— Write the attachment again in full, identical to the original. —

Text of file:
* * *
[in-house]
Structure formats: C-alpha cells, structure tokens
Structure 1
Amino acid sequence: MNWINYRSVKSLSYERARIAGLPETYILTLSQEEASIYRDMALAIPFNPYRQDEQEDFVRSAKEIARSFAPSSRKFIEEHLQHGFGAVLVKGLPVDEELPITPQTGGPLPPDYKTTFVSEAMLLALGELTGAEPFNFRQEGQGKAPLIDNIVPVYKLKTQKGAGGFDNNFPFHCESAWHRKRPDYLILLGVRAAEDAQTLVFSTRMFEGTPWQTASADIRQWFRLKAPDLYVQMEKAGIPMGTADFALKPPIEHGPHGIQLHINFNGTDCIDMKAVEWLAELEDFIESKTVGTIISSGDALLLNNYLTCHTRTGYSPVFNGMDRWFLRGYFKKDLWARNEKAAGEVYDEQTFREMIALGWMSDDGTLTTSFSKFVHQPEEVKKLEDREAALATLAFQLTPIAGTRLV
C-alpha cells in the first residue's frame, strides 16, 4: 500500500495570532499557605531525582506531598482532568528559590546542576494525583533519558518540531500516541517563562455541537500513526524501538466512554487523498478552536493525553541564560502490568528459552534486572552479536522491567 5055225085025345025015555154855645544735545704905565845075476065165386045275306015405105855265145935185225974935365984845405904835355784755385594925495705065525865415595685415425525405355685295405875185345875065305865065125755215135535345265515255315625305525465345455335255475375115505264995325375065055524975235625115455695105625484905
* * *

[in-house]
Structure formats: C-alpha cells, structure tokens
Structure 1
Amino acid sequence: MNWINYRSVKSLSYERARIAGLPETYILTLSQEEASIYRDMALAIPFNPYRQDEQEDFVRSAKEIARSFAPSSRKFIEEHLQHGFGAVLVKGLPVDEELPITPQTGGPLPPDYKTTFVSEAMLLALGELTGAEPFNFRQEGQGKAPLIDNIVPVYKLKTQKGAGGFDNNFPFHCESAWHRKRPDYLILLGVRAAEDAQTLVFSTRMFEGTPWQTASADIRQWFRLKAPDLYVQMEKAGIPMGTADFALKPPIEHGPHGIQLHINFNGTDCIDMKAVEWLAELEDFIESKTVGTIISSGDALLLNNYLTCHTRTGYSPVFNGMDRWFLRGYFKKDLWARNEKAAGEVYDEQTFREMIALGWMSDDGTLTTSFSKFVHQPEEVKKLEDREAALATLAFQLTPIAGTRLV
C-alpha cells in the first residue's frame, strides 16, 4: 500500500495570532499557605531525582506531598482532568528559590546542576494525583533519558518540531500516541517563562455541537500513526524501538466512554487523498478552536493525553541564560502490568528459552534486572552479536522491567 5055225085025345025015555154855645544735545704905565845075476065165386045275306015405105855265145935185225974935365984845405904835355784755385594925495705065525865415595685415425525405355685295405875185345875065305865065125755215135535345265515255315625305525465345455335255475375115505264995325375065055524975235625115455695105625484905